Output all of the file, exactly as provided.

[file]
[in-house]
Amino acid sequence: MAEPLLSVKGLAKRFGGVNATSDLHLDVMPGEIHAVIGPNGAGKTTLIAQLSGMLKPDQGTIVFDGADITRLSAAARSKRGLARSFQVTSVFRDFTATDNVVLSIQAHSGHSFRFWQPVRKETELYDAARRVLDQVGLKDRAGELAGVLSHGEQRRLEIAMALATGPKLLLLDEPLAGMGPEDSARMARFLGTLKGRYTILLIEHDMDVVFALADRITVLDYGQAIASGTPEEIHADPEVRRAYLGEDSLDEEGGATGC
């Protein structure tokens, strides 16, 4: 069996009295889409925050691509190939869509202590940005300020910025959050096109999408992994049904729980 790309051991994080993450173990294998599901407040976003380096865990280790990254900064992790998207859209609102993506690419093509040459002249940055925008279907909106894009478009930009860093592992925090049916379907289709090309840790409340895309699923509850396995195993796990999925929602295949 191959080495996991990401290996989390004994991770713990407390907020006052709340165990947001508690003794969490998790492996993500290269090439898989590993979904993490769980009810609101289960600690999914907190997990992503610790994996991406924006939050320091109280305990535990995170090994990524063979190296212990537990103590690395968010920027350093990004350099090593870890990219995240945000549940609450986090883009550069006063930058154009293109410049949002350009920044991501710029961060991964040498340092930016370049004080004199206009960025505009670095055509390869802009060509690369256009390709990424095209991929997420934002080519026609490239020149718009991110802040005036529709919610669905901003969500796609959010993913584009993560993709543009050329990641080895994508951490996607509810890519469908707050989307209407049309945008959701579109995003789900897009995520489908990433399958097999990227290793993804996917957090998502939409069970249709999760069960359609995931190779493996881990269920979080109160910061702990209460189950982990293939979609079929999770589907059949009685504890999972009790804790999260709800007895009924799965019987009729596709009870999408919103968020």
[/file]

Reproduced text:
[in-house]
Amino acid sequence: MAEPLLSVKGLAKRFGGVNATSDLHLDVMPGEIHAVIGPNGAGKTTLIAQLSGMLKPDQGTIVFDGADITRLSAAARSKRGLARSFQVTSVFRDFTATDNVVLSIQAHSGHSFRFWQPVRKETELYDAARRVLDQVGLKDRAGELAGVLSHGEQRRLEIAMALATGPKLLLLDEPLAGMGPEDSARMARFLGTLKGRYTILLIEHDMDVVFALADRITVLDYGQAIASGTPEEIHADPEVRRAYLGEDSLDEEGGATGC
């Protein structure tokens, strides 16, 4: 069996009295889409925050691509190939869509202590940005300020910025959050096109999408992994049904729980 790309051991994080993450173990294998599901407040976003380096865990280790990254900064992790998207859209609102993506690419093509040459002249940055925008279907909106894009478009930009860093592992925090049916379907289709090309840790409340895309699923509850396995195993796990999925929602295949 191959080495996991990401290996989390004994991770713990407390907020006052709340165990947001508690003794969490998790492996993500290269090439898989590993979904993490769980009810609101289960600690999914907190997990992503610790994996991406924006939050320091109280305990535990995170090994990524063979190296212990537990103590690395968010920027350093990004350099090593870890990219995240945000549940609450986090883009550069006063930058154009293109410049949002350009920044991501710029961060991964040498340092930016370049004080004199206009960025505009670095055509390869802009060509690369256009390709990424095209991929997420934002080519026609490239020149718009991110802040005036529709919610669905901003969500796609959010993913584009993560993709543009050329990641080895994508951490996607509810890519469908707050989307209407049309945008959701579109995003789900897009995520489908990433399958097999990227290793993804996917957090998502939409069970249709999760069960359609995931190779493996881990269920979080109160910061702990209460189950982990293939979609079929999770589907059949009685504890999972009790804790999260709800007895009924799965019987009729596709009870999408919103968020």